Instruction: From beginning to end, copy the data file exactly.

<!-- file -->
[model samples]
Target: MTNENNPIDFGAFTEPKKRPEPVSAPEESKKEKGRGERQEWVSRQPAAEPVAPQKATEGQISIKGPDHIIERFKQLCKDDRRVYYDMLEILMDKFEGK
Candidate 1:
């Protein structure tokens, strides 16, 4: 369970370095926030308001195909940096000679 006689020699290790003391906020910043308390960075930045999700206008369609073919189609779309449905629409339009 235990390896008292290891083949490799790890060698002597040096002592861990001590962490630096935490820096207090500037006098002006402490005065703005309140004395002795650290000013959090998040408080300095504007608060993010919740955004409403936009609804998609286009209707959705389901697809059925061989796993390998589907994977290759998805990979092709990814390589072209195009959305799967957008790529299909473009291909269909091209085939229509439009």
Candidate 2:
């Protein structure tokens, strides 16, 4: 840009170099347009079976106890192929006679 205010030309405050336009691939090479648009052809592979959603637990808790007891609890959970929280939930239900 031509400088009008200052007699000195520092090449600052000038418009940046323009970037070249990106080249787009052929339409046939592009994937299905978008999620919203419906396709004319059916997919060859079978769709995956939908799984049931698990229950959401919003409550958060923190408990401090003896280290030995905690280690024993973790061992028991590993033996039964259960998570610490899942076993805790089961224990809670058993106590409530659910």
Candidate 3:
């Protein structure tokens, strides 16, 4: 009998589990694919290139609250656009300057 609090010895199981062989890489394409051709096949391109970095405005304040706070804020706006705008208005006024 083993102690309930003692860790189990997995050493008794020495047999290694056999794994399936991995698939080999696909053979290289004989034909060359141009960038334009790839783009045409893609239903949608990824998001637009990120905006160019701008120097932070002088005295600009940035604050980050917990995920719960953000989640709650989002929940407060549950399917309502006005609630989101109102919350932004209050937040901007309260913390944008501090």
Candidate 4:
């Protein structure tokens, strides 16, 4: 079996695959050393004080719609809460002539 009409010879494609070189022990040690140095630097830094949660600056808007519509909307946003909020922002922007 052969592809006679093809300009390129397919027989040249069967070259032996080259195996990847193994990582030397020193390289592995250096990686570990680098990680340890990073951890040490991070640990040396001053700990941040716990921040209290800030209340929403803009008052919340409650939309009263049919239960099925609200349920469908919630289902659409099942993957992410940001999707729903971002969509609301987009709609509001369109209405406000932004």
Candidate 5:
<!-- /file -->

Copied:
[model samples]
Target: MTNENNPIDFGAFTEPKKRPEPVSAPEESKKEKGRGERQEWVSRQPAAEPVAPQKATEGQISIKGPDHIIERFKQLCKDDRRVYYDMLEILMDKFEGK
Candidate 1:
């Protein structure tokens, strides 16, 4: 369970370095926030308001195909940096000679 006689020699290790003391906020910043308390960075930045999700206008369609073919189609779309449905629409339009 235990390896008292290891083949490799790890060698002597040096002592861990001590962490630096935490820096207090500037006098002006402490005065703005309140004395002795650290000013959090998040408080300095504007608060993010919740955004409403936009609804998609286009209707959705389901697809059925061989796993390998589907994977290759998805990979092709990814390589072209195009959305799967957008790529299909473009291909269909091209085939229509439009």
Candidate 2:
């Protein structure tokens, strides 16, 4: 840009170099347009079976106890192929006679 205010030309405050336009691939090479648009052809592979959603637990808790007891609890959970929280939930239900 031509400088009008200052007699000195520092090449600052000038418009940046323009970037070249990106080249787009052929339409046939592009994937299905978008999620919203419906396709004319059916997919060859079978769709995956939908799984049931698990229950959401919003409550958060923190408990401090003896280290030995905690280690024993973790061992028991590993033996039964259960998570610490899942076993805790089961224990809670058993106590409530659910």
Candidate 3:
């Protein structure tokens, strides 16, 4: 009998589990694919290139609250656009300057 609090010895199981062989890489394409051709096949391109970095405005304040706070804020706006705008208005006024 083993102690309930003692860790189990997995050493008794020495047999290694056999794994399936991995698939080999696909053979290289004989034909060359141009960038334009790839783009045409893609239903949608990824998001637009990120905006160019701008120097932070002088005295600009940035604050980050917990995920719960953000989640709650989002929940407060549950399917309502006005609630989101109102919350932004209050937040901007309260913390944008501090």
Candidate 4:
């Protein structure tokens, strides 16, 4: 079996695959050393004080719609809460002539 009409010879494609070189022990040690140095630097830094949660600056808007519509909307946003909020922002922007 052969592809006679093809300009390129397919027989040249069967070259032996080259195996990847193994990582030397020193390289592995250096990686570990680098990680340890990073951890040490991070640990040396001053700990941040716990921040209290800030209340929403803009008052919340409650939309009263049919239960099925609200349920469908919630289902659409099942993957992410940001999707729903971002969509609301987009709609509001369109209405406000932004």
Candidate 5: